I went in large part to keep some of the hyper moms in check. There are parents (particularly moms) who treat boys as defective girls, viewing their boisterousness and bravado as things to be avoided at all costs. One evening the group had a night program on whales and whaling; the program finished with a snack at 8:30. One of the more uptight mothers ran up to me and said, “The boys were really bad and loud on the way over here. I want you to take them back to their cabins right now and get them in bed early.” Now, this is the very thing I was there to guard against, and you don’t have to know me well to know I don’t like being told what to do. So I smiled sweetly, and said, “No, I don’t think we’ll do that.” I had already arranged with the Trinity Center for them to have the playing field lighted, so I told her we’d be playing night football, hide and seek, and Frisbee for the next two hours, until 10:30. Which we did, a wild and wonderful evening under the stars, the very kind of thing the Trinity Center encourages. The boys slept peacefully, being too tired for nefarious deeds.
One of the other men was a firefighter, whose stepson was on the trip. He was a guys’ guy, and he liked playing football with the bigger boys, ignoring his stepson. However, his son could not throw, and I noticed he was often short with the boy, always encouraging him to go and write in his journal. Zach didn’t need any football/Frisbee attention from me: I have thrown my son a thousand passes if I’ve thrown him one. So I did try and teach this boy and two others who didn’t know how to throw either a football or a Frisbee. I’m evangelical about my sports. A little kind male attention is what many of our sons needs most.
Zach’s grade has a large number of boys who have known each other well since 1 st grade. There about 15-20 young men in this constellation of friendship, boys who have gone to Sternberger, played football, soccer, and Gamecube together. Among Zach’s best school friends are a boy with the wonderful name of Rives who is a rabid UNC fan; another is Dave who mother is a post-hippy artist from California (No, her name is not Starflower.); and a set of twins, Matthew and Adam, whose mom always buys the boys different sets of shoes so that their friend can tell them apart. One of Zach’s good friends is a boy named Jack, who speaks with a hint of a lisp and a strong Philly accent. What is funny about Jack is that all the boys start talking like Jack when they are around him, like they are auditioning as extras for the HBO Sopranos.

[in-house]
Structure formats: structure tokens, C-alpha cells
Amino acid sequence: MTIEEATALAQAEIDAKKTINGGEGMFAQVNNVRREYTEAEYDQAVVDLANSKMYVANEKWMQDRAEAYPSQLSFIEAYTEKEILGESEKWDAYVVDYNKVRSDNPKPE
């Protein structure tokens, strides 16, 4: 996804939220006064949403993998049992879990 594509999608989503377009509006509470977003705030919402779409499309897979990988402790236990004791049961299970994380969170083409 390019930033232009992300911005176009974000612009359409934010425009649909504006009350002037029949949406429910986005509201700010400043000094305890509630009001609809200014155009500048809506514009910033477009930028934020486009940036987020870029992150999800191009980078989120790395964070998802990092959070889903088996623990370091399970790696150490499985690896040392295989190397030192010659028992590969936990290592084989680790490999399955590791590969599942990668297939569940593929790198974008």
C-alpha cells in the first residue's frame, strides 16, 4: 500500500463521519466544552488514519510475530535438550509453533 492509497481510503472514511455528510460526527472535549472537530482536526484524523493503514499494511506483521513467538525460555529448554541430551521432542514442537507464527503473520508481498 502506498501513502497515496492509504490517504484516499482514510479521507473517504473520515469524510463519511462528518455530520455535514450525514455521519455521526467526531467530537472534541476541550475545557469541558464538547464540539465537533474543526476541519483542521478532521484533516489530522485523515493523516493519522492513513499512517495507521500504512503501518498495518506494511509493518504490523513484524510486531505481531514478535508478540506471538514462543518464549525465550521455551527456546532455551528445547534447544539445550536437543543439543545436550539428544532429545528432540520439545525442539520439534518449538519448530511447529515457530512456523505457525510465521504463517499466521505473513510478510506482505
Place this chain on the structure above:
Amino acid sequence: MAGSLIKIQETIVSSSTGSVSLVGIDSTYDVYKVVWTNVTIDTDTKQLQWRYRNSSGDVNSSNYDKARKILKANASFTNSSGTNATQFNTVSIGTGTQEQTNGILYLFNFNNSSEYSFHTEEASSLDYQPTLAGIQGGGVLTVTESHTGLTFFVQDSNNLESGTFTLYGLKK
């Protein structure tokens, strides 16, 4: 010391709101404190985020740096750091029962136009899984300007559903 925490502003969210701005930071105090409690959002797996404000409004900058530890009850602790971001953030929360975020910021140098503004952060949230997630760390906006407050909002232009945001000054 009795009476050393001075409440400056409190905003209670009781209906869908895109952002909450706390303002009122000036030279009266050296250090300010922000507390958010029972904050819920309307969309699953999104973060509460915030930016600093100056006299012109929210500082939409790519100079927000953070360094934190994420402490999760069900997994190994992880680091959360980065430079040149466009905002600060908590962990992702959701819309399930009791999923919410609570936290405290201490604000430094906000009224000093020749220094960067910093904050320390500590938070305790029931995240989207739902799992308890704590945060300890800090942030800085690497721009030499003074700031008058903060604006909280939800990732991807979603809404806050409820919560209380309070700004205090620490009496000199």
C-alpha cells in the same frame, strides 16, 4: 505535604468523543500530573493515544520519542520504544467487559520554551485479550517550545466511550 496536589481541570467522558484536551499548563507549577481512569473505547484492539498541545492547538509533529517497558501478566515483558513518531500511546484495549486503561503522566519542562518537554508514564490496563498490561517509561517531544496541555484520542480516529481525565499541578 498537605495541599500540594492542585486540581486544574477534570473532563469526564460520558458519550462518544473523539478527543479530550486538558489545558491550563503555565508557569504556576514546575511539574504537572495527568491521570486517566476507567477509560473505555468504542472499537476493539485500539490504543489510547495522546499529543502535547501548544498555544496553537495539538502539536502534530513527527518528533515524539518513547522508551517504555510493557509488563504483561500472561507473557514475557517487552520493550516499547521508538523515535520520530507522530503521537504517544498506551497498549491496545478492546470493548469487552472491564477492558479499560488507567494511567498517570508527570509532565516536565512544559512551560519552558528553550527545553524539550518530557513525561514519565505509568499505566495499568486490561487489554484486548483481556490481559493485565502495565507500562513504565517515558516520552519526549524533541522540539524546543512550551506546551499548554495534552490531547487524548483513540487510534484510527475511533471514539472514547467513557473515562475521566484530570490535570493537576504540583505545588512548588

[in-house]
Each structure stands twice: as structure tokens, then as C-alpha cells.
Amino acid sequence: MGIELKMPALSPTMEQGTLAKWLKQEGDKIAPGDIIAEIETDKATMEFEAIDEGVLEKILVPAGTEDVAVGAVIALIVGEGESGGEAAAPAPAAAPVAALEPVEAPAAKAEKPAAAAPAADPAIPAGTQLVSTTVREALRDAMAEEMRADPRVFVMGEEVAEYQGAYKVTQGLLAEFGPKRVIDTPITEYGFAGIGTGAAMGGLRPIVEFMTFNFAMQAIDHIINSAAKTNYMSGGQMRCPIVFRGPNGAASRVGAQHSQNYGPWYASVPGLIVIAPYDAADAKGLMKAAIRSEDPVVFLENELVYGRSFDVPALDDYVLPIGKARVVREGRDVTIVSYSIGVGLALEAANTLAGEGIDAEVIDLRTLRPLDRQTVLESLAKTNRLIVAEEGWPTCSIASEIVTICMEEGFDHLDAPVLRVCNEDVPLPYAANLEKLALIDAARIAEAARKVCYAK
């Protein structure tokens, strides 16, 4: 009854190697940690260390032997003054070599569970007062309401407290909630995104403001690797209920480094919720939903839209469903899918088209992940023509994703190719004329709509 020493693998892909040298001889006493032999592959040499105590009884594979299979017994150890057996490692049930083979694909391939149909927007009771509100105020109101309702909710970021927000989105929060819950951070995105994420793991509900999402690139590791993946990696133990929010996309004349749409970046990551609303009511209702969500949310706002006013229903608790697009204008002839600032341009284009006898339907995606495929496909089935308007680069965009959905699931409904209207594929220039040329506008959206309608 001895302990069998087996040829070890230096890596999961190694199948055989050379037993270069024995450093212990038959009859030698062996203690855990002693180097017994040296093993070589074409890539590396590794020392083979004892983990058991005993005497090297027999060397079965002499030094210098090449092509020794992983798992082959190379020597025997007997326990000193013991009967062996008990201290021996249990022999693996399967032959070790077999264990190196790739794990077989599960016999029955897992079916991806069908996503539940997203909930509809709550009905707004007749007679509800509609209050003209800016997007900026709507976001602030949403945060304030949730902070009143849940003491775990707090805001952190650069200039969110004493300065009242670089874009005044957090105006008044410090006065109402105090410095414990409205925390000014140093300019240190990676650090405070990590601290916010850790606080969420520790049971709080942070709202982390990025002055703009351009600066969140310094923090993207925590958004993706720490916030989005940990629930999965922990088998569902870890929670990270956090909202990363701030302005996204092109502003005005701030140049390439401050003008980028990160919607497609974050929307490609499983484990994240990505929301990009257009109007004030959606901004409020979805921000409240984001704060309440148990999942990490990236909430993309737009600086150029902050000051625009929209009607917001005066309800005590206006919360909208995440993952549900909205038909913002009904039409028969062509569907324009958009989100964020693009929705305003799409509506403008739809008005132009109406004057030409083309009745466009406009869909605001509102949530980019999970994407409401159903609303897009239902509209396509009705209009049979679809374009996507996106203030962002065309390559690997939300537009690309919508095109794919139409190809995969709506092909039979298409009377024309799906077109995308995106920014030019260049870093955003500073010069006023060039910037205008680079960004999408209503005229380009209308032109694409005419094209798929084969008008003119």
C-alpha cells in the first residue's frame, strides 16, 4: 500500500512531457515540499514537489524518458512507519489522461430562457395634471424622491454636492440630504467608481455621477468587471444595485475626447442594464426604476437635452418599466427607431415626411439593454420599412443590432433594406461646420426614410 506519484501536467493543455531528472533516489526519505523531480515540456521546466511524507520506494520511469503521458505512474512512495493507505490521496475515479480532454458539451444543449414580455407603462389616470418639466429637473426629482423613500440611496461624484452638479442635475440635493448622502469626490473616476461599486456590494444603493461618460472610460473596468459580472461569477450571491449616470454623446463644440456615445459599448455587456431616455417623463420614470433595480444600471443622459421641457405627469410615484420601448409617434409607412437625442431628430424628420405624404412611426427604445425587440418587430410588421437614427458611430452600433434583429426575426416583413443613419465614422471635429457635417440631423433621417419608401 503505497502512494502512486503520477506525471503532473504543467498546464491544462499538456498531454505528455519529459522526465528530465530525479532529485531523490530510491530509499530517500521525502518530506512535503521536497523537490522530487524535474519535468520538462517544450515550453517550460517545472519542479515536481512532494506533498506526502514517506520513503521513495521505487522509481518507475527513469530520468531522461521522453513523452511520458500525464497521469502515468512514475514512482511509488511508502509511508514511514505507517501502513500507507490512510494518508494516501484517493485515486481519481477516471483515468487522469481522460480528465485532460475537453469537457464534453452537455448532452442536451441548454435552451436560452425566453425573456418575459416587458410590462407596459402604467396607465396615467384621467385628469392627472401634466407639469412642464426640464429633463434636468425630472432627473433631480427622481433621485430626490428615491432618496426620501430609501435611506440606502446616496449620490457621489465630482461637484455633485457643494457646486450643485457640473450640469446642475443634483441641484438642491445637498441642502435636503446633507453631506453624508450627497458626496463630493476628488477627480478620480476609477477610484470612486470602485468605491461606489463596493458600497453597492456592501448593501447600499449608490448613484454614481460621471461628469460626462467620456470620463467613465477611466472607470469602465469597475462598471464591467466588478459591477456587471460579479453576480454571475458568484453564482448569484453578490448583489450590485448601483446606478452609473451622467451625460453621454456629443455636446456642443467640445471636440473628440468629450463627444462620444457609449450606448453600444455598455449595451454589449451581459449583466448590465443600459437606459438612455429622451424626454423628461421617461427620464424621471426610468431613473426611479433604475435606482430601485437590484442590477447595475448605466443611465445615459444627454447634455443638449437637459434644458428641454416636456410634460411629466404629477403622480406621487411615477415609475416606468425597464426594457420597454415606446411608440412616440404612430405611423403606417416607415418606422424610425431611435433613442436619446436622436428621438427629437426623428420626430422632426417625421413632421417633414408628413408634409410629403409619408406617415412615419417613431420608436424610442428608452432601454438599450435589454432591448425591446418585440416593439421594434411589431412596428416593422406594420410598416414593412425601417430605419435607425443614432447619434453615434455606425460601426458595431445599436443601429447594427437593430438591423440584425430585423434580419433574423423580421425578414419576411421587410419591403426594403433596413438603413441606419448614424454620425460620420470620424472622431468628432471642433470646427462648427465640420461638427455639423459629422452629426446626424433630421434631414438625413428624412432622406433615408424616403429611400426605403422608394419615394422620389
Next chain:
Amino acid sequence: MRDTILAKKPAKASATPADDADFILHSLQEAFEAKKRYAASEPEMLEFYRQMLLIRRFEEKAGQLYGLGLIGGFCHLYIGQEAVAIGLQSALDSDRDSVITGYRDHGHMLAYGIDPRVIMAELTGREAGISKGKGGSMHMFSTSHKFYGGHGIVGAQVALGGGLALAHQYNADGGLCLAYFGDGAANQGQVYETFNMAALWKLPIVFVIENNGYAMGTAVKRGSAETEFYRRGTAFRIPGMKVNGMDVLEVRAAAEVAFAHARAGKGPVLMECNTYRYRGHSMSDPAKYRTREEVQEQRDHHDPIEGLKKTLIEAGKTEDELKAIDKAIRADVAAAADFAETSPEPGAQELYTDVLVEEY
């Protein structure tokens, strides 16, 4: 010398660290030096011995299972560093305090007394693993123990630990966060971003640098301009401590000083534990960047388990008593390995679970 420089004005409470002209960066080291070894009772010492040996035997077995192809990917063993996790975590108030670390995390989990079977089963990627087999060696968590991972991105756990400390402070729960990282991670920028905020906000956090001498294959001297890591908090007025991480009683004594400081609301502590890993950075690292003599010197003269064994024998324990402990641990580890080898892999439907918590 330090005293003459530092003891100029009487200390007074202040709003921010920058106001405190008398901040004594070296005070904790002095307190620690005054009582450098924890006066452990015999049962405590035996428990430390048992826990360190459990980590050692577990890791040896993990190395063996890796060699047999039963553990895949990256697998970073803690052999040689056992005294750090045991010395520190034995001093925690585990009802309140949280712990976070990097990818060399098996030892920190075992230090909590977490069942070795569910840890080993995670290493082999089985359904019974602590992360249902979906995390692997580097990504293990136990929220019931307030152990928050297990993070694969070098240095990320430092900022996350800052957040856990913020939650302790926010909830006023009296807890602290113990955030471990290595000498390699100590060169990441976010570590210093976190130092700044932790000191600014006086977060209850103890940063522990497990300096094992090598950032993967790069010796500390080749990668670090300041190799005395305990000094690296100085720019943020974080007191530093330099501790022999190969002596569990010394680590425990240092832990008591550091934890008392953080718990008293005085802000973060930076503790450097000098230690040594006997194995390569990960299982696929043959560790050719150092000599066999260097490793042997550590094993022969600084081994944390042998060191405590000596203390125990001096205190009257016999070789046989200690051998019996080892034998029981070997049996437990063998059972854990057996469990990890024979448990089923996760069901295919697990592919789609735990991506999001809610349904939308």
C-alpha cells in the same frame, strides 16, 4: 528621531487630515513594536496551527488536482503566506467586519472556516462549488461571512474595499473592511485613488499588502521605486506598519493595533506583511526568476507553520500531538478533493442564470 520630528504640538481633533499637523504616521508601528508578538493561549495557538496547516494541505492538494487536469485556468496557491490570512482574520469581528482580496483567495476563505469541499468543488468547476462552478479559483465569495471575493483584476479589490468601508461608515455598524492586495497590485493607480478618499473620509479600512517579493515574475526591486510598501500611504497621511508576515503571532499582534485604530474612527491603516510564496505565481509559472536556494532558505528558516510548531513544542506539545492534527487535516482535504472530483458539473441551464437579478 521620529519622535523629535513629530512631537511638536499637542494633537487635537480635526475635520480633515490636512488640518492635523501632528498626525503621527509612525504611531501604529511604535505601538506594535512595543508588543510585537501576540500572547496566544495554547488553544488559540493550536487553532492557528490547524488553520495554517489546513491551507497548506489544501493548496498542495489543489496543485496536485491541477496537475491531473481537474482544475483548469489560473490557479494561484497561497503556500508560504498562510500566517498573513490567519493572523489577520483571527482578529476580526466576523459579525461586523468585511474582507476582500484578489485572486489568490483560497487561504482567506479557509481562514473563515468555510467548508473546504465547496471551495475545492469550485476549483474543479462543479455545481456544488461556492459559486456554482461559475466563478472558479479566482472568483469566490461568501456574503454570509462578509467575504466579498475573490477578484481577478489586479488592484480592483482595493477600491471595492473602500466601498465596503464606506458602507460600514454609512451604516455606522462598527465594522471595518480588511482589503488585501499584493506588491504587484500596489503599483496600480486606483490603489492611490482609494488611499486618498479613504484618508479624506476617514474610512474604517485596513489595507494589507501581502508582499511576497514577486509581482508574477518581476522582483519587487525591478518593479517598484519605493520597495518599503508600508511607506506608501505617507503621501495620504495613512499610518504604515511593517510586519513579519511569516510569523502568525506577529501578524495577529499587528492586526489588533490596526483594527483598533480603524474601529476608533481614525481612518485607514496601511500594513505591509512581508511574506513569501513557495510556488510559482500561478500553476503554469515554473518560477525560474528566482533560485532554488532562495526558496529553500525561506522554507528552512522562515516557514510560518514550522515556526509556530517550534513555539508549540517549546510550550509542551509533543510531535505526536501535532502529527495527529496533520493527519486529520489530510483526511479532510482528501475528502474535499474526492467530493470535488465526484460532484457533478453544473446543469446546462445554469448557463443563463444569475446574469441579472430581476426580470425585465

I also brought several decks of cards I got at the dollar store. When I brought them out on the bus, poker chips appeared. A really wonderful boy named Josiah, whose parents are thoughtful Christians, spent the bus trip there and back, and his late evenings, playing poker. He already knew how to play; I didn’t teach him—I don’t even like the game, and I hate gambling in general. “So, son, did you learn a lot about nature and ecology on the field trip?” “Yes, dad, and also never to draw to an inside straight.” I was struck by how some of the kids from super conservative homes enjoyed the freedom that comes from far away field trips.
One incident sums up the entire trip for me. Don’t ask me why, but they let one of the moms stay in the boys’ dorms. Actually she was in the apartment internal to the dorm itself, but still, this was a really bad idea. [No father would have been allowed to stay in the girls’ dorm, after all.] Fortunately the mom, Claire, had a good sense of humor, and I think I know why she wanted to stay nearby, since her son looked and acted quite a bit younger than the other boys. However, the boys soon forgot that Claire was there, as they walked semi-naked to and from the showers. One night an angel-faced boy named Kyle screamed to the entire cabin on the way back from the shower, “I HAVE A REALLY BIG [rhymes with Venus]!” At that very moment, Claire was walking by. Kyle turned scarlet, and Claire said nonchalantly, “Good for you; I’m sure it will serve you well in life.” I haven’t told this story yet to Kyle’s mom, a lovely conservative Christian who is very concerned about sending her son to Kiser next year.
Life comes at you fast. Sons grow up quickly—daughters too for that matter. If we don’t stop a moment to bless them, talk to them about sex, show them the wonders of creation, teach them to throw a Frisbee and catch a football, then who will?